A journalist has just filed a federal lawsuit against the administration of President Joe Biden, the New York Post reports.
The reporter is Simon Ateba.
NTD News reports, "[Ateba] is the founder and chief White House correspondent for Today News Africa—which covers politics in the United States and relations between the United States and African nations."
The reader, however, may know Ateba for a different reason - for his frequent run-ins with White House Press Secretary Karine Jean-Pierre in the White House briefing room. Ateba, on numerous occasions, has confronted Jean-Pierre for not calling on him, accusing her of discrimination.
Back in early May, the White House announced new rules for press badges. Additionally, the White House announced a process, for the first time in U.S. history, whereby a journalist could lose his or her credentials.
On Aug. 1, Ateba, along with over 400 other reporters, lost their passes.
Politico's West Wing Playbook reports, "Within the past three months, the number of hard pass holders dropped from 1417 to 975, with those approved reflecting a mix of renewals and new applications."
Now, Ateba has responded by suing Jean-Pierre and the U.S. Secret Service. He accuses them of violating his First Amendment right to freedom of the press and his Fifth Amendment right to due process.
The lawsuit states, "Defendants violated Mr. Ateba’s First Amendment rights by changing the criteria for hard pass credentials to intentionally prevent Mr. Ateba from obtaining hard pass access."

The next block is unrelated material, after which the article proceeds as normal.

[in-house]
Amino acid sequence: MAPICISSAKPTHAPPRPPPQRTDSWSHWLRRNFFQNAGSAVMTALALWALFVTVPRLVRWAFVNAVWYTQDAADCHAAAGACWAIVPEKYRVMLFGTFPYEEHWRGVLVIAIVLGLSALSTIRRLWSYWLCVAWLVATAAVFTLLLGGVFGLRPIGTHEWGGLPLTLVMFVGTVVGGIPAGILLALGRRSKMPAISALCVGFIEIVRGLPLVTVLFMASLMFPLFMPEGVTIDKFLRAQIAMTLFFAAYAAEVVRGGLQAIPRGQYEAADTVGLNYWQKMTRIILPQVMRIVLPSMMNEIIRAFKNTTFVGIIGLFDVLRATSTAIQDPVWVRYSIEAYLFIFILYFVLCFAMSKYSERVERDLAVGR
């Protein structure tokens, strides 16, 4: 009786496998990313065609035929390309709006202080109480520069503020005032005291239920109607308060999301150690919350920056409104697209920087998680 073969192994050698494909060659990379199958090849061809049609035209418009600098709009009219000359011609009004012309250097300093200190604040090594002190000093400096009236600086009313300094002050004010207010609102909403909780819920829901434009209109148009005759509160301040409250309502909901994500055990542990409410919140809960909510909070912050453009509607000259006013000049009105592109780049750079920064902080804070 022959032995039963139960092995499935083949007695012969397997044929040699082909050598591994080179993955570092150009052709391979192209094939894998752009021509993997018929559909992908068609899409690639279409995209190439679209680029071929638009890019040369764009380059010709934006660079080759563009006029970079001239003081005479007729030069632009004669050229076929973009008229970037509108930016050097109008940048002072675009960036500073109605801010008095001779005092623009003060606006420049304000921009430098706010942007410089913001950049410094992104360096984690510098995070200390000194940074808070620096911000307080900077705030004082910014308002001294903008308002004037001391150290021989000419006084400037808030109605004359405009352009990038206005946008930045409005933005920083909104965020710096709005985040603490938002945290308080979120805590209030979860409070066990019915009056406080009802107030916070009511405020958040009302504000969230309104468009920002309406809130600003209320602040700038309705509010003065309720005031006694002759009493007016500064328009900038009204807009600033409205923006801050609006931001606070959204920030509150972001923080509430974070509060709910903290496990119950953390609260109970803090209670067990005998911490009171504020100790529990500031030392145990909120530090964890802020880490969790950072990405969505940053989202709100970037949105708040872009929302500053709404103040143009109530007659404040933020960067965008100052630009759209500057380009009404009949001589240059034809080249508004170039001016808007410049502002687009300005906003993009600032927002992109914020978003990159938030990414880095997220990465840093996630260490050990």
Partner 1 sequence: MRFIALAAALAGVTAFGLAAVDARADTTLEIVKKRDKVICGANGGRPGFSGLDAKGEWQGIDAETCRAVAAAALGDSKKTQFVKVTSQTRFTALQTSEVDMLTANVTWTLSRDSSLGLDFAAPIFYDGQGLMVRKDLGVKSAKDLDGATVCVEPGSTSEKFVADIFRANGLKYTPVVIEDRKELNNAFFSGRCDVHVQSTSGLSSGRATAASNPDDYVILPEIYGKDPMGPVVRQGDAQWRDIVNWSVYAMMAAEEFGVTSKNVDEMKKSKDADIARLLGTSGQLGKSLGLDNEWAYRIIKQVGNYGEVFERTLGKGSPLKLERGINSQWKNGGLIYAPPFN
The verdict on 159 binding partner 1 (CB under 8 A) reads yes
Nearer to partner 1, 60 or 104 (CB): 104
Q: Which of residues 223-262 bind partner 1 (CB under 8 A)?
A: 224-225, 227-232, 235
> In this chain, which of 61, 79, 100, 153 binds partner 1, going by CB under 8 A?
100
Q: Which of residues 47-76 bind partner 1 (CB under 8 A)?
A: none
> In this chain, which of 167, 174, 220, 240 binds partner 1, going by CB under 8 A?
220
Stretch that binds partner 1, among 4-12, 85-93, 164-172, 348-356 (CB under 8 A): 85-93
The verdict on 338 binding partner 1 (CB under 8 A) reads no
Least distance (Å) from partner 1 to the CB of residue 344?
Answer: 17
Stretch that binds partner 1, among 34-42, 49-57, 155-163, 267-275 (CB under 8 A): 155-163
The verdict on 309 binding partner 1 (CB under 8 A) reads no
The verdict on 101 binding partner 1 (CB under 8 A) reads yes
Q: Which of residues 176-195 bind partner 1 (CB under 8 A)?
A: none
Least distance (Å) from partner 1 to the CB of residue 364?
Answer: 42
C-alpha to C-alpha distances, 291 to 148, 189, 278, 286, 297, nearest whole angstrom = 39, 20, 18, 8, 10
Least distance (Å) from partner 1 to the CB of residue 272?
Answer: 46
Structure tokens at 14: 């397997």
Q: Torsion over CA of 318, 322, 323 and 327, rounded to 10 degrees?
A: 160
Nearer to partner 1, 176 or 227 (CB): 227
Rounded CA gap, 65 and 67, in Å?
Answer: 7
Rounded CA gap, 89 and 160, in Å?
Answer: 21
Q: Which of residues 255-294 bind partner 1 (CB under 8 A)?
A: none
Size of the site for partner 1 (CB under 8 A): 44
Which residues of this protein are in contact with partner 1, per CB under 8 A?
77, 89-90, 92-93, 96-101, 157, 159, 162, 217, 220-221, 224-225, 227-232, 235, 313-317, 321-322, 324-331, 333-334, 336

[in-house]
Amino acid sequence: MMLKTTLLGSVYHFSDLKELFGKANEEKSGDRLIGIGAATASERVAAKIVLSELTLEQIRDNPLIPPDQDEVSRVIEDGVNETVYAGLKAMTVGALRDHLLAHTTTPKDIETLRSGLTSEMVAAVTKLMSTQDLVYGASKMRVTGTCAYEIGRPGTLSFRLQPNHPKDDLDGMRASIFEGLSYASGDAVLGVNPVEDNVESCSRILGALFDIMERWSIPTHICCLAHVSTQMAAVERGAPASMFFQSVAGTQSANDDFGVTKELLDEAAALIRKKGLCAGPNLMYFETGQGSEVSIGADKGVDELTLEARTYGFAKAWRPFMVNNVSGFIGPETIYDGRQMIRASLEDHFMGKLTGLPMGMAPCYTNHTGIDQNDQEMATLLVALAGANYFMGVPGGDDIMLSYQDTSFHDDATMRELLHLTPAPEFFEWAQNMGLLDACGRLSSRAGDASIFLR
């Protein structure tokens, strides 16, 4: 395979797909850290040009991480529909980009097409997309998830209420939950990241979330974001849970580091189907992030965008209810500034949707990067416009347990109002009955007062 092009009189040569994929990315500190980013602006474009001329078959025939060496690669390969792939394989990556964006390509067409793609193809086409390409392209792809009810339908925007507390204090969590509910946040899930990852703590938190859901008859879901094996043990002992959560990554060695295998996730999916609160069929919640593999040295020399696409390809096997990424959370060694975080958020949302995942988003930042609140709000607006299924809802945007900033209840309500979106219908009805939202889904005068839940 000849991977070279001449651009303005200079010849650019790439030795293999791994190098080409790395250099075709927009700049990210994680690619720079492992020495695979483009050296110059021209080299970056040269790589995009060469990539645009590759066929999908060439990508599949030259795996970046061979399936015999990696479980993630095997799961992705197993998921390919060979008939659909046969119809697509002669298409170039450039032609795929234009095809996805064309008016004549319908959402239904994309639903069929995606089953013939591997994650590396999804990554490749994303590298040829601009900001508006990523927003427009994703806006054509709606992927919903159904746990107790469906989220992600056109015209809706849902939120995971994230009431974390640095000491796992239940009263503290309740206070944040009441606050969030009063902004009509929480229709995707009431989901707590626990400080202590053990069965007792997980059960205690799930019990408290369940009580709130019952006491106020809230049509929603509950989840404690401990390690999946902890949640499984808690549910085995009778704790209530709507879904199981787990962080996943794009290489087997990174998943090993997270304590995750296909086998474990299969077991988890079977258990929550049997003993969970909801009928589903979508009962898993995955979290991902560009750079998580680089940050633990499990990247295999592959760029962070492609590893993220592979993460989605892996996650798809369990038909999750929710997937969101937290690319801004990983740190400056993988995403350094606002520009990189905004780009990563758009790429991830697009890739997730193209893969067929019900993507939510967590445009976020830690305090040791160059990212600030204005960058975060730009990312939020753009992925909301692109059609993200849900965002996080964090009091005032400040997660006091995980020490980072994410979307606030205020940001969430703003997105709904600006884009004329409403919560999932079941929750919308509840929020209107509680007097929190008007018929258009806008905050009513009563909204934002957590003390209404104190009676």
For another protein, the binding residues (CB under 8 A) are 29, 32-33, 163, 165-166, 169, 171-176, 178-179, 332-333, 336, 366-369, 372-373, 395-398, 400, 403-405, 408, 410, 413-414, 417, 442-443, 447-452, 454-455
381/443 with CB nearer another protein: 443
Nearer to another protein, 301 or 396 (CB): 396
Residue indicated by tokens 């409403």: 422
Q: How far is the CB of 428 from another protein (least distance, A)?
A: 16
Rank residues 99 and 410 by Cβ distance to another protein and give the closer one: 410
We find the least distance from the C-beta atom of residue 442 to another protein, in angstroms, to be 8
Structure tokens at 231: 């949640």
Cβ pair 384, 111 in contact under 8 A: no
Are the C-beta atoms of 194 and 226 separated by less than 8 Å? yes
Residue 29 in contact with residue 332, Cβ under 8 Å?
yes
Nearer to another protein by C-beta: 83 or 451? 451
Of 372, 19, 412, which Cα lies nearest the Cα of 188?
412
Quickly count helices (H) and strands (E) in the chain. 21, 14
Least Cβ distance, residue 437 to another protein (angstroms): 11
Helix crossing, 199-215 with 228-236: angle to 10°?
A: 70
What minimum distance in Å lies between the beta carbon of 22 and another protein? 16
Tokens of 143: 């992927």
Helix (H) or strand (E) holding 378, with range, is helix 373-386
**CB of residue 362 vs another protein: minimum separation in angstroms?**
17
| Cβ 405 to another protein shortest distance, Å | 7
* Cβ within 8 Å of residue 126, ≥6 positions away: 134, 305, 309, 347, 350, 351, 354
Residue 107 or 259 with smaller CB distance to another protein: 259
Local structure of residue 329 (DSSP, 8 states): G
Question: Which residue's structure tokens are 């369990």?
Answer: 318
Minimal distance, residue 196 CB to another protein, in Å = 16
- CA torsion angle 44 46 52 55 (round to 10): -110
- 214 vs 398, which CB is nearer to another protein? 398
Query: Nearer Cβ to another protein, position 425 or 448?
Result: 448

It continues, "Defendants did so by adopting credentialing criteria specifically designed to exclude Mr. Ateba from eligibility. Such discrimination amounts to a content-based regulation and viewpoint discrimination against Mr. Ateba in violation of the First Amendment."
It is unclear whether Ateba will be successful in court.
Previously, federal courts prevented the Trump administration from suspending or revoking the hard passes of reporters because there was no process set up to do so. Now, however, there is a process. Still, it is unclear how the courts will rule.
In the meantime, this is not a good look for the Biden administration, which has faced much criticism for its lack of transparency.
Ateba's lawsuit sums the matter up nicely. It begins:
The press’ does not just include a small class of elite journalists, credentialed by one another. The First Amendment’s guarantees protect the public’s right to engage in constitutionally protected press activity. Indeed, the inclusion of the words "the press" in the First Amendment does not confer upon [journalists] a title of nobility.